The Guardian view on Iran’s election: a hardline victory is not the end

The election of hardliner Ebrahim Raisi as Iran’s new president is a dispiriting moment for those in the west striving to revive the nuclear deal. The Iranian electorate is hardly more enthusiastic. Battered by the economic fallout from Donald Trump’s withdrawal from the Joint Comprehensive Plan of Action (JCPOA) agreement, the Covid pandemic and the inability of Hassan Rouhani’s reformist government to deliver on promises and overcome obstruction by the clergy and Revolutionary Guard, voters were offered only an engineered election in which Mr Raisi’s victory was all but certain.

While past elections were tightly controlled – and the supreme leader Ayatollah Ali Khamenei retained ultimate control regardless of the outcome – they have nonetheless been genuinely competitive. This time, leading reformists and centrists were removed as 600 candidates were whittled down; just four stood in the end. Mr Raisi’s 62% of the vote came on a turnout of 48%; in Tehran just 26% voted. While participation has at times been low, this was an all-time nadir for a presidential race in the Islamic Republic, and 3.7 million people spoiled their ballots.

Reformists will now struggle to regroup, asking themselves whether any progress can be made in a system so thoroughly rigged against them. Those outside the system will be equally gloomy. The leadership’s immediate response to public disaffection is likely to be more repression. Mr Raisi is already under US sanctions over his grim human rights record. He was one of a four-strong body responsible for the summary and extrajudicial executions of thousands of political prisoners in 1988 and oversaw the brutal crackdown on protests in 2019. He is trusted by the security establishment and a loyal protege of the supreme leader; there is speculation that the 82-year-old sees the head of the judiciary as his successor. Many analysts see this election as a fundamental shift in the balance of power away from elected officials and towards the clerics.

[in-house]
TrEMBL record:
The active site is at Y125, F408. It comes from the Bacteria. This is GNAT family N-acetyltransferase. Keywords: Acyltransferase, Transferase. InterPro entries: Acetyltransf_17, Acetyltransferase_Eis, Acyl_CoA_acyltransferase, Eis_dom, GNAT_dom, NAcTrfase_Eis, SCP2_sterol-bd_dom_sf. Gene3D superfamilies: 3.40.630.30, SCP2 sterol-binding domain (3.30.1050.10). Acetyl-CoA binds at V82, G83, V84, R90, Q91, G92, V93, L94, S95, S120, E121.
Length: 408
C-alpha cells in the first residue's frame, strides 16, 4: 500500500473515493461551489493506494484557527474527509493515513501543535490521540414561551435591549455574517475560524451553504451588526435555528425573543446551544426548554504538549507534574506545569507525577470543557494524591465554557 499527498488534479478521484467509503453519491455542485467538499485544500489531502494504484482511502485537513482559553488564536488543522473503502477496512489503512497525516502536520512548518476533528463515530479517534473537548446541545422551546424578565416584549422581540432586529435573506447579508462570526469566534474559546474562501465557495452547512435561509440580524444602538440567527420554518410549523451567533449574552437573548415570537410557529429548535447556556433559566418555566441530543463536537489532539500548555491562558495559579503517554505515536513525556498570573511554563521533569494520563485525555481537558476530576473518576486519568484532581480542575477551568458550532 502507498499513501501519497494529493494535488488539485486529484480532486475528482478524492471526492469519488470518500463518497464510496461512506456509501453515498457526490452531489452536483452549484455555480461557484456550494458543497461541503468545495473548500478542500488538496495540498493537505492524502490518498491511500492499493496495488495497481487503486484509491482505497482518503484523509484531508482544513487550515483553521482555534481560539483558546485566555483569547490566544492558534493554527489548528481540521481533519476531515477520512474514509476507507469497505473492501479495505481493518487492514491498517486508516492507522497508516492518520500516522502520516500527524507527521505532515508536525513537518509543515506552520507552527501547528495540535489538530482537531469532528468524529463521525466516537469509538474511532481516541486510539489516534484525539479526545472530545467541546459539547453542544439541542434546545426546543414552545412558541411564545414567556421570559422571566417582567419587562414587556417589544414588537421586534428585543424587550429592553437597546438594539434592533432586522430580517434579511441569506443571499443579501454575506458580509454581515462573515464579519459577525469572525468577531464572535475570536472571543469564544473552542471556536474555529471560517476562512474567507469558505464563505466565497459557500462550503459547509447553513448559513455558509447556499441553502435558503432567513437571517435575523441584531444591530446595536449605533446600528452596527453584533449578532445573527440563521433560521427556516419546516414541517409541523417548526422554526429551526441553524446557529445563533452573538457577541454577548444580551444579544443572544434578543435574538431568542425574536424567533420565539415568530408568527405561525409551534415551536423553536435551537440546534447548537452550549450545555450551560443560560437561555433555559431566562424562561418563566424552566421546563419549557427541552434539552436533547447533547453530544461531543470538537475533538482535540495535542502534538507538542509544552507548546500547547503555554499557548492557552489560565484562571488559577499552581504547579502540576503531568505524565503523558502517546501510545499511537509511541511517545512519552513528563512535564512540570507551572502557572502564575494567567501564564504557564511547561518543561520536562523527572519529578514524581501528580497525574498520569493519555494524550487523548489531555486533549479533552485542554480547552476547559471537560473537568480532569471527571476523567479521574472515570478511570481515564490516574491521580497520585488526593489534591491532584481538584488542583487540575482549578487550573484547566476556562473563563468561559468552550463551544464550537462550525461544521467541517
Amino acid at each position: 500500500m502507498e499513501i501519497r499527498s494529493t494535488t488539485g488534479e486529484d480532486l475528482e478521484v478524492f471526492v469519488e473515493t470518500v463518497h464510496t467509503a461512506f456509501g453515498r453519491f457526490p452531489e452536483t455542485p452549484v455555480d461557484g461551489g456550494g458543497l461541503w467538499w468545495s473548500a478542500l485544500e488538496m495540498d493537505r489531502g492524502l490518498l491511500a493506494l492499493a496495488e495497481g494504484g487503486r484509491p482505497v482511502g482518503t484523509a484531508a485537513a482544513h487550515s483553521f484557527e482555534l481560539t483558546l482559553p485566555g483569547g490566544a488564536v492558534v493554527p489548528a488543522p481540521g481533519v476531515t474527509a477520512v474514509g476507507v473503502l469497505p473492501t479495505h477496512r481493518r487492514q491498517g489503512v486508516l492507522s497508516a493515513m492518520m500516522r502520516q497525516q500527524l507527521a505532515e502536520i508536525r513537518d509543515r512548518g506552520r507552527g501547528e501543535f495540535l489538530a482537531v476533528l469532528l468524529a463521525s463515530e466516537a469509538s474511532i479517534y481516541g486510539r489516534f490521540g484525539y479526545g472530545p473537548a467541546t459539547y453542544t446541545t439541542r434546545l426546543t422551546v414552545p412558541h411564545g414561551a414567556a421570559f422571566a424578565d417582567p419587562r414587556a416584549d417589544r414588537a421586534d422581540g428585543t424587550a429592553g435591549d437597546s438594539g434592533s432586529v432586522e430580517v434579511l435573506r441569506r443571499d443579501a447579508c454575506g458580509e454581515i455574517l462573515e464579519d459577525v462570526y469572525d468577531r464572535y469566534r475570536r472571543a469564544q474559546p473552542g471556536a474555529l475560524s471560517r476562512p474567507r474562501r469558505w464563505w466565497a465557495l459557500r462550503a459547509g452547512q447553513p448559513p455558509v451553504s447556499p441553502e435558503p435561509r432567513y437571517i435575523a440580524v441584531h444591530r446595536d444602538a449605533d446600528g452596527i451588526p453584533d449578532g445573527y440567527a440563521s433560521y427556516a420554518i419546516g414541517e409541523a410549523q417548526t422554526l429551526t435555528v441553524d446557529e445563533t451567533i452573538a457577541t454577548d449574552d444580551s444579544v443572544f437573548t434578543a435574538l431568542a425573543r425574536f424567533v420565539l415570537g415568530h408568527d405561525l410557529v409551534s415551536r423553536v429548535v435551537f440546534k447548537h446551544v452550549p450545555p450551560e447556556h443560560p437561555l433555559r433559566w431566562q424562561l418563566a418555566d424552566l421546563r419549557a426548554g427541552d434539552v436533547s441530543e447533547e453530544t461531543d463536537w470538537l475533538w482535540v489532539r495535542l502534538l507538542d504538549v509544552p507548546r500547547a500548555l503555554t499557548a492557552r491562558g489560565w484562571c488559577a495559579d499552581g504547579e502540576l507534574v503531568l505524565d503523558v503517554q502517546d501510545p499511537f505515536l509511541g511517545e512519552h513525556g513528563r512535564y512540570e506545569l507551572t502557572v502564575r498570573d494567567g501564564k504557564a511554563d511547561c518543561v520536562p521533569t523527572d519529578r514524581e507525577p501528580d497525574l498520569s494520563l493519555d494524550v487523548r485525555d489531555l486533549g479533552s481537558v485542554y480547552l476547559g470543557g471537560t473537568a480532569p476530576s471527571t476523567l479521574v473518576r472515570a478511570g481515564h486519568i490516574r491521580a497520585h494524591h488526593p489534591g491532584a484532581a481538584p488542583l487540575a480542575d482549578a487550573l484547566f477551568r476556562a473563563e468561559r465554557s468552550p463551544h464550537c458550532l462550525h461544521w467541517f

In the longer term, the leadership knows that it must build domestic support and that the only hope for Iran’s shattered economy is a revival of the JCPOA. But the US and Europe must decide what to do about the expertise and assets that Iran has gained through noncompliance since the US withdrawal, while Mr Trump has left Tehran with even less faith in US promises.

Optimists hope a more unified Iranian leadership may make it easier to implement a deal. Pessimists say hardliners will find it tougher to reach a settlement, and that there is even less hope of the better-for-better deal that is really needed. Mr Raisi has already said that there is no prospect of addressing Iran’s missiles or support for regional militias in international talks. Unlike Mr Rouhani, he shows no interest in courting foreign investment; there are fewer carrots to dangle. But there is suspicion that the glacial pace until now has been partly due to hardliners slow-rolling talks before the elections to prevent reformists gaining any credit, and hope that a deal might be reached before Mr Raisi takes power in August – which would allow him to reap the benefit of loosened sanctions, while blaming his predecessor for problems.

In the meantime, the removal of some US sanctions eases the way for the UK to pursue the release of Nazanin Zaghari-Ratcliffe and other dual nationals held by Iran. Medical and humanitarian shipments could aid the Iranian people and allow the UK to repay some of its £400m debt, owed from a deal with the Shah of Iran before his overthrow in 1979. The unpromising environment for dealings between Iran and the west is all the more reason why any opportunity must be seized.

Source: The Guardian